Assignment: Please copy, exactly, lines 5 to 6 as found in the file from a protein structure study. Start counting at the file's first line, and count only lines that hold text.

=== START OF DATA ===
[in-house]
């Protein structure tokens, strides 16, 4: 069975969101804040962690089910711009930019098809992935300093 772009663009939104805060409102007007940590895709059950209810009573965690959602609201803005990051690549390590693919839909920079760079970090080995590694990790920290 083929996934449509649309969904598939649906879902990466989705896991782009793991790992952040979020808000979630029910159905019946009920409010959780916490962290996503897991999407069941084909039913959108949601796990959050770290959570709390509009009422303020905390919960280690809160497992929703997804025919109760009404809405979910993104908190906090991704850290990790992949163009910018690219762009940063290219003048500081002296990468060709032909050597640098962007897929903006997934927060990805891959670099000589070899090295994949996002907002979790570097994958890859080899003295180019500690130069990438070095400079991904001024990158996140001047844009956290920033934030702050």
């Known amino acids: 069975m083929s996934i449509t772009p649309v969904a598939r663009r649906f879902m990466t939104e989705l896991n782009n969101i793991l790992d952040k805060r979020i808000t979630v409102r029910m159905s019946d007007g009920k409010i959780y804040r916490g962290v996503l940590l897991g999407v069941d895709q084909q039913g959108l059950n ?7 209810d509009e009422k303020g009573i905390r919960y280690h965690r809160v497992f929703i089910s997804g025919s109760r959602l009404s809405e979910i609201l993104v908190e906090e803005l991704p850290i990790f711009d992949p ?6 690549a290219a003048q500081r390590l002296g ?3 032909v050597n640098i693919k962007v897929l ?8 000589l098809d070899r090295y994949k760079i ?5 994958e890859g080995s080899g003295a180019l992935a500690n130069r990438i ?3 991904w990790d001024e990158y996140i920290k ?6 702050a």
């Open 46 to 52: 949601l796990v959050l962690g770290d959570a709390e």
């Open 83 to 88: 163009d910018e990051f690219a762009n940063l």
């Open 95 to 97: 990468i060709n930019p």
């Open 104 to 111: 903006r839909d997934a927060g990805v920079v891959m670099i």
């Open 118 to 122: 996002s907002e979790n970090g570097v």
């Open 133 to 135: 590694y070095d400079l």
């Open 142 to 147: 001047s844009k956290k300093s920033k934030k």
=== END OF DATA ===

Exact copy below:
């Open 83 to 88: 163009d910018e990051f690219a762009n940063l």
């Open 95 to 97: 990468i060709n930019p």